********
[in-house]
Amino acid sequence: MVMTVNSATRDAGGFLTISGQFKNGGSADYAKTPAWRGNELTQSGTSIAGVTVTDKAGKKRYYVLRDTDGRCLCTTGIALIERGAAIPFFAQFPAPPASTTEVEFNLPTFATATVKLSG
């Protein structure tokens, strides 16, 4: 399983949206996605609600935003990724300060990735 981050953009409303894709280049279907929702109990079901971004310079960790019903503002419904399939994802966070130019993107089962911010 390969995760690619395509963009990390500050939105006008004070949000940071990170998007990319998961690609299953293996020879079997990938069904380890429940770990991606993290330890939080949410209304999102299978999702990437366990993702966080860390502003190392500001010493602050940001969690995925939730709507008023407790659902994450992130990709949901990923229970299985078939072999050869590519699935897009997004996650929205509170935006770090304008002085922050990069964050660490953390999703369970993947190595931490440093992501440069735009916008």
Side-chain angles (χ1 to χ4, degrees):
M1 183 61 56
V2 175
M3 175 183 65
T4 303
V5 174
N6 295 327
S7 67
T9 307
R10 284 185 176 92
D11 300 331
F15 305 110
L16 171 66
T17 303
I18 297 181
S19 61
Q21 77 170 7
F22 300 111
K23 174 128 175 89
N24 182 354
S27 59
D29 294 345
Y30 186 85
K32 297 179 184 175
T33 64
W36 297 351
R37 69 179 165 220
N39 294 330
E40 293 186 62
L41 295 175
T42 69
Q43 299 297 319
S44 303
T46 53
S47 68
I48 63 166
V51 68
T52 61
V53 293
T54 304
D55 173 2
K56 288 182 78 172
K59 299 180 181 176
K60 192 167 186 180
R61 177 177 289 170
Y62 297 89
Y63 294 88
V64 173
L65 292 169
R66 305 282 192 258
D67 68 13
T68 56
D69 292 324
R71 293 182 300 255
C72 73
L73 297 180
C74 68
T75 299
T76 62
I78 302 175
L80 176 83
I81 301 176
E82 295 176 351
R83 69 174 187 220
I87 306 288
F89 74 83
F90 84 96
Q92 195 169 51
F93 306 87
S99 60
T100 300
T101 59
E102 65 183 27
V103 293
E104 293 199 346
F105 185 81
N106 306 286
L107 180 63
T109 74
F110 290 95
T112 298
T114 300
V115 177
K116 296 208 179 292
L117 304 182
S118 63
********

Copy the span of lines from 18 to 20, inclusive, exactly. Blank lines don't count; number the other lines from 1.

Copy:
I18 297 181
S19 61
Q21 77 170 7